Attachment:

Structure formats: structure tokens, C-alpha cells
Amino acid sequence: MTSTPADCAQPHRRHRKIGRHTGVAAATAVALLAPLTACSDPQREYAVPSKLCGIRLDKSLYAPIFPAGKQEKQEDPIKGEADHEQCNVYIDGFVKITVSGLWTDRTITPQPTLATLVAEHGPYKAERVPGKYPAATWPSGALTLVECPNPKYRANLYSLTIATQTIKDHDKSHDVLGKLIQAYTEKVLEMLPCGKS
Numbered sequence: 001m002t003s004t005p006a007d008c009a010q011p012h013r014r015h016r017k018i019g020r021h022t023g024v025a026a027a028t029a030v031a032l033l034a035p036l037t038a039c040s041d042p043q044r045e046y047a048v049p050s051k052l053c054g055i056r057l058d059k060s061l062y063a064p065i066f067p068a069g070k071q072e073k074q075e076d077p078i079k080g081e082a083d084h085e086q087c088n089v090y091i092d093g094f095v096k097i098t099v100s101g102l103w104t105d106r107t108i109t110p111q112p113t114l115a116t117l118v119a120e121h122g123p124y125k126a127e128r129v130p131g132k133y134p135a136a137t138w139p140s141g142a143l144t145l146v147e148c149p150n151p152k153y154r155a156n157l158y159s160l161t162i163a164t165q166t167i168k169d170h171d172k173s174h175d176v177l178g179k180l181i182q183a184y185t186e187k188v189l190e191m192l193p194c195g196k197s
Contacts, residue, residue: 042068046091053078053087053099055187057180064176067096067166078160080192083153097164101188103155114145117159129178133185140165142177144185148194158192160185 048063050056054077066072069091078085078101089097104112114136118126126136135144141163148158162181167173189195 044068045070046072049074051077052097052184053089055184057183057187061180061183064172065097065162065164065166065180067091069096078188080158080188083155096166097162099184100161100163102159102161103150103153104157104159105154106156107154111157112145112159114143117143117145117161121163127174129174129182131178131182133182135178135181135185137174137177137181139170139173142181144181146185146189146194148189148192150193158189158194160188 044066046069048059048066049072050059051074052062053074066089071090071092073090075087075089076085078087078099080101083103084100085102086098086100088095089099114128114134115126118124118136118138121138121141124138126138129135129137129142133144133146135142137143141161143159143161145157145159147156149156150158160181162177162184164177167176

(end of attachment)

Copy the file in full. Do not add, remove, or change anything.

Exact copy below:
Structure formats: structure tokens, C-alpha cells
Amino acid sequence: MTSTPADCAQPHRRHRKIGRHTGVAAATAVALLAPLTACSDPQREYAVPSKLCGIRLDKSLYAPIFPAGKQEKQEDPIKGEADHEQCNVYIDGFVKITVSGLWTDRTITPQPTLATLVAEHGPYKAERVPGKYPAATWPSGALTLVECPNPKYRANLYSLTIATQTIKDHDKSHDVLGKLIQAYTEKVLEMLPCGKS
Numbered sequence: 001m002t003s004t005p006a007d008c009a010q011p012h013r014r015h016r017k018i019g020r021h022t023g024v025a026a027a028t029a030v031a032l033l034a035p036l037t038a039c040s041d042p043q044r045e046y047a048v049p050s051k052l053c054g055i056r057l058d059k060s061l062y063a064p065i066f067p068a069g070k071q072e073k074q075e076d077p078i079k080g081e082a083d084h085e086q087c088n089v090y091i092d093g094f095v096k097i098t099v100s101g102l103w104t105d106r107t108i109t110p111q112p113t114l115a116t117l118v119a120e121h122g123p124y125k126a127e128r129v130p131g132k133y134p135a136a137t138w139p140s141g142a143l144t145l146v147e148c149p150n151p152k153y154r155a156n157l158y159s160l161t162i163a164t165q166t167i168k169d170h171d172k173s174h175d176v177l178g179k180l181i182q183a184y185t186e187k188v189l190e191m192l193p194c195g196k197s
Contacts, residue, residue: 042068046091053078053087053099055187057180064176067096067166078160080192083153097164101188103155114145117159129178133185140165142177144185148194158192160185 048063050056054077066072069091078085078101089097104112114136118126126136135144141163148158162181167173189195 044068045070046072049074051077052097052184053089055184057183057187061180061183064172065097065162065164065166065180067091069096078188080158080188083155096166097162099184100161100163102159102161103150103153104157104159105154106156107154111157112145112159114143117143117145117161121163127174129174129182131178131182133182135178135181135185137174137177137181139170139173142181144181146185146189146194148189148192150193158189158194160188 044066046069048059048066049072050059051074052062053074066089071090071092073090075087075089076085078087078099080101083103084100085102086098086100088095089099114128114134115126118124118136118138121138121141124138126138129135129137129142133144133146135142137143141161143159143161145157145159147156149156150158160181162177162184164177167176